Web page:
Just as I finished scooping the past article dealing with this topic, I scroll down and see this story. I had to read it. I wanted to learn more about such a disastrous plan to build a canal. In return I found out that the plan has yet to be revealed. I most certainly do not change my opinion which I firmly expressed in my last scoop, in regards to this canal being idiotic.

An issue that stood out in this article deals with the Nicaraguan government not holding bids for the job and HKND walking out on top. It seems as if a few backdoor deals concerning a lot of money were made. Bold assumption I know... but so is assuming a canal will be built in Nicaragua! Ba-Zing

I am also interested in learning the credibility of HKND. It seems like an interesting company which is most certainly intertwined somehow with the Chinese Government. How else would an individual, Wang Jing,  come up with the 40 billion dollar purse to pursue this project. 

The potential environmental issues are infinite and effect other environments, both near and far geographically speaking, in a variety of negative ways. Its good to see a team of experts coming together to investigate the canals effects on the area. 

Lastly, the article clearly states how there is no need for the canal due to the Panama Canals newest developments and improvements. The canal can accommodate larger barge's thus increase trade and revenue. 

THe Nicaragua Canal is not a good idea.  

Louis Mazza's curator insight, February 6, 3:26 PM

The Chinese want to compete with the US on overseas trading and to do so they want to build their own canal through Nicaragua to rival the Panama Canal to the south.  This will lower the quality of Nicaragua’s drinking water but will greatly bolster the economy. If Nicaragua gets the opportunity to possess a major canal that can fit trader ships previously unable to fit through the Panama Canal this will be great for the people. Nicaragua has a very low country ranking so any economic support that this canal can generate will improve the living conditions of the inhabitants.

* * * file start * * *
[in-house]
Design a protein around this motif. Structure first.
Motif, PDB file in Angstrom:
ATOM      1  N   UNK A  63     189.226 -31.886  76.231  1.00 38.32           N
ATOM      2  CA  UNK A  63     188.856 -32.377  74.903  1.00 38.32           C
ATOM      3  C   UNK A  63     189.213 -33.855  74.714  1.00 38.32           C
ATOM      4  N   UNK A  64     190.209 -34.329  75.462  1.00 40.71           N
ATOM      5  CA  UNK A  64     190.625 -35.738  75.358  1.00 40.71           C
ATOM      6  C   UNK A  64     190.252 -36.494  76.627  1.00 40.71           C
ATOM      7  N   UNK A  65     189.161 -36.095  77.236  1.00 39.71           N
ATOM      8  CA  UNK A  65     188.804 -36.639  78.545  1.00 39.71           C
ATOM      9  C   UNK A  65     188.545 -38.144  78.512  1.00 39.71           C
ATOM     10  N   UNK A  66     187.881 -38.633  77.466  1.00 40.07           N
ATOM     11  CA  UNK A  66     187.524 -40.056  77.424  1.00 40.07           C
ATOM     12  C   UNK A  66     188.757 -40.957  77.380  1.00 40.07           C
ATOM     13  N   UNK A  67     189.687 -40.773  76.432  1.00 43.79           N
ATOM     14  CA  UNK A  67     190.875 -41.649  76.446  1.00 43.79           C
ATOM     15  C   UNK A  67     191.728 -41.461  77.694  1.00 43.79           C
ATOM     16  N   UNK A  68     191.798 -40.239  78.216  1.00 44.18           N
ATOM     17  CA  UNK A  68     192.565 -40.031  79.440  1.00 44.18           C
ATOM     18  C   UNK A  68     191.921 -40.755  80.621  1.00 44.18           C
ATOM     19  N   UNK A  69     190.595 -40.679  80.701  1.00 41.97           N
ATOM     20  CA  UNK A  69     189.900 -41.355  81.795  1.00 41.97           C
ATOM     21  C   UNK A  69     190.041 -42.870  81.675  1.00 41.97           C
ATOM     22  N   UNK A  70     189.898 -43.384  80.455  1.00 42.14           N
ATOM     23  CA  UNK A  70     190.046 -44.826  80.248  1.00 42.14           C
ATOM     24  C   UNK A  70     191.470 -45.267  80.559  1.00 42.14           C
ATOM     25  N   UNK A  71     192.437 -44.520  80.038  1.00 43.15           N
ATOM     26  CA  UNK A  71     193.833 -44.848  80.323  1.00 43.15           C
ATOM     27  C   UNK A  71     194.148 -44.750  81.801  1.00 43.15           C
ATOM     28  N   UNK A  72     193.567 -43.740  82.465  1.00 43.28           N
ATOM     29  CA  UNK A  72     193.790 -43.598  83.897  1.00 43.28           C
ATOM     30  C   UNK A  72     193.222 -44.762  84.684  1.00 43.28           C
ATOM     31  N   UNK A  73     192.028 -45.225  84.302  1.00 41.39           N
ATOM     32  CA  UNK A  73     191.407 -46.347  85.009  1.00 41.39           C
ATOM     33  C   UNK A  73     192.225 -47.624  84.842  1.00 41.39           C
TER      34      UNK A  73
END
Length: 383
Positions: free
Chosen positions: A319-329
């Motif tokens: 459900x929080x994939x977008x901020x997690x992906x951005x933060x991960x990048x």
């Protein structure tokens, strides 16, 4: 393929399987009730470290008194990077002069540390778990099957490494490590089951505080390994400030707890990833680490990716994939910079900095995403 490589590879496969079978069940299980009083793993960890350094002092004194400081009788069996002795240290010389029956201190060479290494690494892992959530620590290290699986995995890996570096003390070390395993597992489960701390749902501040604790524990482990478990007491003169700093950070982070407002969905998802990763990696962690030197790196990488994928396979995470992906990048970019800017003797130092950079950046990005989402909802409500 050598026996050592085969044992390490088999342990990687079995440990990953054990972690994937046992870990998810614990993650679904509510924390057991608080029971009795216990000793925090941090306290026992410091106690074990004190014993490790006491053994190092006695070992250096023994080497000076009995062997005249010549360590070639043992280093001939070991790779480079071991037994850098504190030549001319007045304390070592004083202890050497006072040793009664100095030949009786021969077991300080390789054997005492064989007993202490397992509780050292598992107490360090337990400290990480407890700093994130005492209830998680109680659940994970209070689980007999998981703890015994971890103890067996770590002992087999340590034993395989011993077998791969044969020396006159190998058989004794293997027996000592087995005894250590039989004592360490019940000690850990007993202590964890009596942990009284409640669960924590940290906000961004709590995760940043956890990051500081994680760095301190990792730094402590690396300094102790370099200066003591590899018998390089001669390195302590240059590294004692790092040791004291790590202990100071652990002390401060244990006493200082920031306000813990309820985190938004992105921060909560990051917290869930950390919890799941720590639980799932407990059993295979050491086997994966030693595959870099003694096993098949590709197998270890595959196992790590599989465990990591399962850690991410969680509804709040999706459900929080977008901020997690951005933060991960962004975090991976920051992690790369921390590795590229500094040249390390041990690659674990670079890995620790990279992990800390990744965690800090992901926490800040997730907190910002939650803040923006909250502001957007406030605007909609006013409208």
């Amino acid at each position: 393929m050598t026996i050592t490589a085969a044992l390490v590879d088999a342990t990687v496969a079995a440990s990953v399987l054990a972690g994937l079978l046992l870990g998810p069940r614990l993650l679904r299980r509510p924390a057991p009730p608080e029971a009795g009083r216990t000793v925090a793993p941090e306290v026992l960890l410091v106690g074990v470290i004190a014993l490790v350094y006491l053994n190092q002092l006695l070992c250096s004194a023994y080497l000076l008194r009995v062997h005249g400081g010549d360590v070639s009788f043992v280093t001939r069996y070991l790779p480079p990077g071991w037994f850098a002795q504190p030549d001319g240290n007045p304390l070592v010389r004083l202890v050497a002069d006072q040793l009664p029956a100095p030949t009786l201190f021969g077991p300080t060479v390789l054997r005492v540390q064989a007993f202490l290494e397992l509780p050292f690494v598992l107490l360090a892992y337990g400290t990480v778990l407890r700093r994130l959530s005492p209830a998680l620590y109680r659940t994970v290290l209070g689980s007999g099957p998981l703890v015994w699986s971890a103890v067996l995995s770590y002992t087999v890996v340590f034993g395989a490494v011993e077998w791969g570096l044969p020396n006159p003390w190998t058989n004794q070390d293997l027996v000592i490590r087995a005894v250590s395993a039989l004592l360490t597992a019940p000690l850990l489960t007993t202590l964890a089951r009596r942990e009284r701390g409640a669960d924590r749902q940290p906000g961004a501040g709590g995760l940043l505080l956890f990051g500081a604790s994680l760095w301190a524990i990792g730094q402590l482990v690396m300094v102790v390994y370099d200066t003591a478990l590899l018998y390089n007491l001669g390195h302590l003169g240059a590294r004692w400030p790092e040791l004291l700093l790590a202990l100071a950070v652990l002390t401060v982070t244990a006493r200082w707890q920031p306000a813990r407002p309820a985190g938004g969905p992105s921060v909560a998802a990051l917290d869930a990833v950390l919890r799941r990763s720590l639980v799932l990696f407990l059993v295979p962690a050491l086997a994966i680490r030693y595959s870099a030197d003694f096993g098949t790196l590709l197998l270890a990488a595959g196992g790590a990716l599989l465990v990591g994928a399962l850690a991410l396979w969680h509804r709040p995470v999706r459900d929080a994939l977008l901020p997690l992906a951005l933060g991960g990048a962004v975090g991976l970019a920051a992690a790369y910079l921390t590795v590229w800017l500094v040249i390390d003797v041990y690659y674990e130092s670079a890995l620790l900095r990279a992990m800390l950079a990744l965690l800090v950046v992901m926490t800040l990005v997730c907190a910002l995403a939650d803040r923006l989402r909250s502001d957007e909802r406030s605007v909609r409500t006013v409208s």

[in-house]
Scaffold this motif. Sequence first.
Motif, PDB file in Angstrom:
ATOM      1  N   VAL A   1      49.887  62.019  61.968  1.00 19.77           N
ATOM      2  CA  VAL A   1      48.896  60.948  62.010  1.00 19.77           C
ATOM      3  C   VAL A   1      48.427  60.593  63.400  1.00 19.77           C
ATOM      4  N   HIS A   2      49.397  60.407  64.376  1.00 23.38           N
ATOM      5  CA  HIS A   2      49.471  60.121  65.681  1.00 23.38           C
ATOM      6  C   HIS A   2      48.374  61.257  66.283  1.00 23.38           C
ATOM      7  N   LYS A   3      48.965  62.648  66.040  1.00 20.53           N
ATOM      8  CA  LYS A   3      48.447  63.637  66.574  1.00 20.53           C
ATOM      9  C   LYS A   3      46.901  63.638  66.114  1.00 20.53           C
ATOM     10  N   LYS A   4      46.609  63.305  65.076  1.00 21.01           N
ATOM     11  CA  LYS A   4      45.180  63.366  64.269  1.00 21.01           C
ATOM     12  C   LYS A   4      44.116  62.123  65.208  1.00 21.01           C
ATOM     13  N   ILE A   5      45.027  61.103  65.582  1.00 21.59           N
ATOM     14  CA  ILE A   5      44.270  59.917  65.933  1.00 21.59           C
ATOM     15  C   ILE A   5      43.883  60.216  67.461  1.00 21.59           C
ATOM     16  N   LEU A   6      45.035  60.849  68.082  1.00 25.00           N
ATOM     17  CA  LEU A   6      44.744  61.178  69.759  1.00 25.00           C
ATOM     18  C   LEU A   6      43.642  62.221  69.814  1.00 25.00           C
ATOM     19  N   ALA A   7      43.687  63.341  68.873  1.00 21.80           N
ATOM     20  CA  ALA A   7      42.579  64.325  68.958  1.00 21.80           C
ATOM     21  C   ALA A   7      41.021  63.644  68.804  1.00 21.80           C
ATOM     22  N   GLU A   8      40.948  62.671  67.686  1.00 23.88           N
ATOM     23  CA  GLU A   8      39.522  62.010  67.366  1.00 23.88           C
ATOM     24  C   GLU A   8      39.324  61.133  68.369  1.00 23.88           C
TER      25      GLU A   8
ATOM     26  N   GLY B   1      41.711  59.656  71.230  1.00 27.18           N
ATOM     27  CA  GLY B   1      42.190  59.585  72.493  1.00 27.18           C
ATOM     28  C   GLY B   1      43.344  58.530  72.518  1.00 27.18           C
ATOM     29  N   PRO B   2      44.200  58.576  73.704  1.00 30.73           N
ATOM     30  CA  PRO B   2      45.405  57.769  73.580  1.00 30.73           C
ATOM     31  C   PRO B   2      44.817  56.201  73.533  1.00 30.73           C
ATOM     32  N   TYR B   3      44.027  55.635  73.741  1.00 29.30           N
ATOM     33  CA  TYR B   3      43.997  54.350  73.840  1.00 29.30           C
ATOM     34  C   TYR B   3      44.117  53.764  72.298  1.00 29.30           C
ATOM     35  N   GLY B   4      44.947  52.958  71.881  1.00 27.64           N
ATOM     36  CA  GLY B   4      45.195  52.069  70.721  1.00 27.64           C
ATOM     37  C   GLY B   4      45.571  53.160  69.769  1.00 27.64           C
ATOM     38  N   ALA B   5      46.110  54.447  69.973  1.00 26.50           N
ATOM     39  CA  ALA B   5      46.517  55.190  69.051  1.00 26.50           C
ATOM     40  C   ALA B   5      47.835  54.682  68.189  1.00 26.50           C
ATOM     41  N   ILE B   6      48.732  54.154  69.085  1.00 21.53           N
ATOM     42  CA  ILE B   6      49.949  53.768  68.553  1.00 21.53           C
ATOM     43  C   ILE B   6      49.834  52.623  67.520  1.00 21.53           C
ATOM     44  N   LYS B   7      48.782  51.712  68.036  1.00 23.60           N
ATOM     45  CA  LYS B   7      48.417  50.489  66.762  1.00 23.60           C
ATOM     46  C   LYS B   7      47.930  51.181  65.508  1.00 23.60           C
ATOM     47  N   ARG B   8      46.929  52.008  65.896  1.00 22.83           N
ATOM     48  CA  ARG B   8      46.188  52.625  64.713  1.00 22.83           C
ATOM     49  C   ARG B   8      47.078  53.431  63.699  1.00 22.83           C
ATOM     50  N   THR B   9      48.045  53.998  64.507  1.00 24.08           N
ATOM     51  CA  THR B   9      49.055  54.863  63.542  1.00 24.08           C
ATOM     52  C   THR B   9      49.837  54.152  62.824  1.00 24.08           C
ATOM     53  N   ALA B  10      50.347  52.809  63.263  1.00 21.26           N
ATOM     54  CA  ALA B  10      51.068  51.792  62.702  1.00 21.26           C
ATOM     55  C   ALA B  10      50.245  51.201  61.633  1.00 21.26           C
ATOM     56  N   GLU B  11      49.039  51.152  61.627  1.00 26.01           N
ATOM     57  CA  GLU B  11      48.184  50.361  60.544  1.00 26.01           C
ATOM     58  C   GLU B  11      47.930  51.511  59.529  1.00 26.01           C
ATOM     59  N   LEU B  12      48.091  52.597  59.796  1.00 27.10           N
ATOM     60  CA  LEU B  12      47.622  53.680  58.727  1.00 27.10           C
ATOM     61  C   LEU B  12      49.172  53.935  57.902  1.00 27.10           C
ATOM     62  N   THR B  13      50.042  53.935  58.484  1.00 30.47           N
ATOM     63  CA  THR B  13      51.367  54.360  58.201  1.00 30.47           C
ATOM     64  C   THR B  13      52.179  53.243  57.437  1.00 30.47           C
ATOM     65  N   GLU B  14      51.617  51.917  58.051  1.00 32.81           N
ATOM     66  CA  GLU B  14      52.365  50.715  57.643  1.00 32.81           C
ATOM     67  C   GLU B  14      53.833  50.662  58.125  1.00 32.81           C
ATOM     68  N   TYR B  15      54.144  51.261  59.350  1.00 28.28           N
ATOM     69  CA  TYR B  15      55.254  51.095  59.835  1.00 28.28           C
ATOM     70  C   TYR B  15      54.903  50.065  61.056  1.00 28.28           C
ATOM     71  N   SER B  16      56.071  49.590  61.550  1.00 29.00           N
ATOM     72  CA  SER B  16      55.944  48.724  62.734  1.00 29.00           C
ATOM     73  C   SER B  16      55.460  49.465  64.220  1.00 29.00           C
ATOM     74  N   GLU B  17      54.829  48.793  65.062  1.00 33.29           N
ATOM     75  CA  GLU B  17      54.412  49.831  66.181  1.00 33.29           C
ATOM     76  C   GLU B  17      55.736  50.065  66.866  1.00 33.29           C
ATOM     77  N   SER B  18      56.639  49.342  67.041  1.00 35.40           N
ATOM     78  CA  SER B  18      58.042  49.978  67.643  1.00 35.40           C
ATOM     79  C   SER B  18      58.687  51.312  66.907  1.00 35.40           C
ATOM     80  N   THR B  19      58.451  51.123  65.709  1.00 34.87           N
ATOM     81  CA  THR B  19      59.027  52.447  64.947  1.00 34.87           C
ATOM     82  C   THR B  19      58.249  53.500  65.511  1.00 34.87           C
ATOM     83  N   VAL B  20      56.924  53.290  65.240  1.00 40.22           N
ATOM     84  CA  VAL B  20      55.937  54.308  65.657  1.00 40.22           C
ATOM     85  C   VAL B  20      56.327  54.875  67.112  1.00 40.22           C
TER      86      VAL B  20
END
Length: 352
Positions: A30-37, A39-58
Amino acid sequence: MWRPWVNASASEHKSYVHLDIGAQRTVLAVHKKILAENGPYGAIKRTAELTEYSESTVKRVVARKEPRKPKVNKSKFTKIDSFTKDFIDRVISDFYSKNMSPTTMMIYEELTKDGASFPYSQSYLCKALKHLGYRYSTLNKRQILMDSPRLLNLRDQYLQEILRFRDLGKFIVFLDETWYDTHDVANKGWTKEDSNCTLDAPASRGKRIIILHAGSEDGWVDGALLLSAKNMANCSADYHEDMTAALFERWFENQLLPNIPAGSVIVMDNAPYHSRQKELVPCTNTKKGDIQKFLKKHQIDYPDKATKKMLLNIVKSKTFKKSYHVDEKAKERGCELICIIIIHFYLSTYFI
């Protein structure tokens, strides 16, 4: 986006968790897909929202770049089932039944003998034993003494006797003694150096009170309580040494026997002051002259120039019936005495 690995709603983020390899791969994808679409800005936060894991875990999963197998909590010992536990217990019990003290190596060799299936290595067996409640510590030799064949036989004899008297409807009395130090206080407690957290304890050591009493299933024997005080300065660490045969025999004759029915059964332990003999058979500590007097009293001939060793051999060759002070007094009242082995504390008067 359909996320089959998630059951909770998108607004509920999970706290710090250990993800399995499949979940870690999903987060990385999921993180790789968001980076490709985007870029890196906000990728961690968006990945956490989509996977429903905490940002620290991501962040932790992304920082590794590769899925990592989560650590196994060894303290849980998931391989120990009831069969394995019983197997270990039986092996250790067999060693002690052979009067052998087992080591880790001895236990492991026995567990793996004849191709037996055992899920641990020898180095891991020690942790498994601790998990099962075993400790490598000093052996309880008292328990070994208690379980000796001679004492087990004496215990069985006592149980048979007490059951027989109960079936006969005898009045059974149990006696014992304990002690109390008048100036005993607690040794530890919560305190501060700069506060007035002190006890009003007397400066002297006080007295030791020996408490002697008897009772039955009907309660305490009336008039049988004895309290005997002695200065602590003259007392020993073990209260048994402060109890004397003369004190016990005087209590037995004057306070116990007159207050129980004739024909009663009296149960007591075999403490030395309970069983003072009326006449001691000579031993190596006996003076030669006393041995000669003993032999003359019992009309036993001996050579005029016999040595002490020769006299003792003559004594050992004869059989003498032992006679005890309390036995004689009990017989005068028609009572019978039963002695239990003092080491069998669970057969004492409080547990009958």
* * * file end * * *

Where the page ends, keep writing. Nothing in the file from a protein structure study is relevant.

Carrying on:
Kendra King's curator insight, April 27, 4:53 PM

Form the perspective of the Nicaraguan Government, this project is a chance to get ahead economically regardless of the consequences to the environment and its population. As the article mentions, this is the second poorest country in the region, but the project could triple the economy's growth and strengthen employment. As a government leader who wants to be a more powerful country, a few causalities on the quest to economic prowess is nothing.  Especially because the government doesn't really have any other alternative ways to expand the economy that quickly with so much potential success. 

 

I think this project is part of a common trend seen throughout this class. When I read this it reminded me of the workers safety video in which Chinese companies let their employees jump on a crane without safety gear in order to cheaply complete a project.  Or how China allows their factories to run despite the mass pollution the industry is causing. It isn't like China is the only country to ever cut corners either. Before the US and Europe become switch from the industrial sector to the service sector, these countries employment laws and environmental laws were horrible (some could argue they still are actually). One of the scientist in this article, Myers, even touched on this point by saying he "there’s a touch of hypocrisy in outsiders from industrialized countries preaching environmental purity." Hypocritical or not, I really wish countries would learn the harm that came from the actions past industrial societies took to get ahead. Although, given the government's stance on this project, I really don't think that was the lesson learned.